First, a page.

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Jones v. University of Memphis Tennessee Board of Regents

United States District Court, W.D. Tennessee, Western Division

October 19, 2016

GINA JONES, Plaintiff,
v.
UNIVERSITY OF MEMPHIS TENNESSEE BOARD OF REGENTS Defendants.

          REPORT AND RECOMMENDATION

          CHARMIANE G. CLAXTON UNITED STATES MAGISTRATE JUDGE

         Before the Court, by way of Order of Reference (D.E. # 200) for hearing and report and recommendation, is Defendants' September 13, 2016 Motion for Sanctions. (D.E. # 197) On September 27, 2016, Plaintiff filed her Response in opposition[1] (D.E. # 218) On October 3, 2016, a hearing was held on the motion with Paul Forrest Craig and Daniel Lofton appearing on behalf of Plaintiff and Ashley Carter appearing on behalf of Defendants. Having considered the motions, response, respective memoranda, arguments of counsel and the record in the case, it is recommended that the motion be DENIED.

         Defendants seek sanctions - either dismissal or disqualification of counsel - against Plaintiff pursuant to Fed.R.Civ.P. 41 or the inherent power of the court. Plaintiff raises five examples of conduct by Plaintiff's counsel as justification for sanctions:

1. improper expert disclosures
2. failure to cooperate in depositions and written discovery
3. direct contact by Plaintiff's counsel with individuals represented by Defendants' counsel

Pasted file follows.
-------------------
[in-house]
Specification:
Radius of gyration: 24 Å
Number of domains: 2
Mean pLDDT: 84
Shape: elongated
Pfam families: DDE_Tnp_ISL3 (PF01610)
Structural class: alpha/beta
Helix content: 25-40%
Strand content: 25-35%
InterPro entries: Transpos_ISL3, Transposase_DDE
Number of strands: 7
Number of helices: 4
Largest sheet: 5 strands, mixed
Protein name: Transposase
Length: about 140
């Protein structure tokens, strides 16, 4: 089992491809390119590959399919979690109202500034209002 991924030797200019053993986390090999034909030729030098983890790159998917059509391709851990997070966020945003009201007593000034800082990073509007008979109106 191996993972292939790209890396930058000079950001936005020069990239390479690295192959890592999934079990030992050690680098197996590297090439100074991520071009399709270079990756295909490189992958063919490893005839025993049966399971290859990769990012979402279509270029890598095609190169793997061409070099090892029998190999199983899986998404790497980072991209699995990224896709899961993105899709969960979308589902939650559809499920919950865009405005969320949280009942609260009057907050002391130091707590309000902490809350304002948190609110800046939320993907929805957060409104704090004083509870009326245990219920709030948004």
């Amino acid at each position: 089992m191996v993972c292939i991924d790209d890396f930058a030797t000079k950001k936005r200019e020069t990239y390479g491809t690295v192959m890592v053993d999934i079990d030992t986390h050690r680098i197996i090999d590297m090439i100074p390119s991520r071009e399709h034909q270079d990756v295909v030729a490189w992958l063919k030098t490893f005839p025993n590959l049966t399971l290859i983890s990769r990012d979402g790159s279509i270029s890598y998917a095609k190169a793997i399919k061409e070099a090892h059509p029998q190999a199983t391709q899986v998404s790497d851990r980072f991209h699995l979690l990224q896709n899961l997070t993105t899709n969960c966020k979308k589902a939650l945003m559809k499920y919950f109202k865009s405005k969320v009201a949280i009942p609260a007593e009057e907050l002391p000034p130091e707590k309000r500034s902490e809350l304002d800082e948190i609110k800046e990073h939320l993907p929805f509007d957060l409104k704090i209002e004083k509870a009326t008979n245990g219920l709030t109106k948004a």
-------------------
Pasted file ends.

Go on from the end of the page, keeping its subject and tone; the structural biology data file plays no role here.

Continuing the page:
4. “misleading statements and misrepresentations” by Plaintiff's counsel
5. “frivolous” motion filings

         The federal courts' inherent power to protect the orderly administration of justice and to maintain the authority and dignity of the court extends to a full range of litigation abuses. See Chambers v. NASCO, Inc., 501 U.S. 32, 43-44, 111 S.Ct. 2123, 2132, 115 L.Ed.2d 27 (1991); Roadway Express, Inc. v. Piper, 447 U.S. 752, 764, 100 S.Ct. 2455, 2463, 65 L.Ed.2d 488 (1980) (quoting Cooke v. United States, 267 U.S. 517, 539, 45 S.Ct. 390, 395-96, 69 L.Ed. 767 (1925)). A district court may award sanctions pursuant to its inherent powers when bad faith occurs. Shimman v. International Union of Operating Engineers, Local 18, 744 F.2d 1226, 1229-30 (6th Cir.1984), cert. denied, 469 U.S. 1215, 105 S.Ct. 1191, 84 L.Ed.2d 337 (1985). The power to punish for contempt also is an inherent power of the federal courts, including the power to punish violations of their own orders. Green v. United States, 356 U.S. 165, 170, 78 S.Ct. 632, 635, 2 L.Ed.2d 672 (1958). A court may use this inherent power to sanction a party who “has acted in bad faith, vexatiously, wantonly, or for oppressive reasons.” Strag v. Board of Trustees, Craven Community College, 55 F.3d 943, 955 (4th Cir.1995).

         Fed. R. Civ. P. 41(b) provides district courts with authority to dismiss a case where “the plaintiff fails to prosecute or to comply with [the Federal Rules of Civil Procedure] or a court order[.]” This court evaluates four factors to determine whether a Rule 41(b) dismissal is appropriate: “(1) whether the party's failure is due to willfulness, bad faith, or fault; (2) whether the adversary was prejudiced by the dismissed party's conduct; (3) whether the dismissed party was warned that failure to cooperate could lead to dismissal; and (4) whether less drastic sanctions were imposed or considered before dismissal was ordered.” Knoll v. Am. Tel. & Tel. Co., 176 F.3d 359, 363 (6th Cir.1999).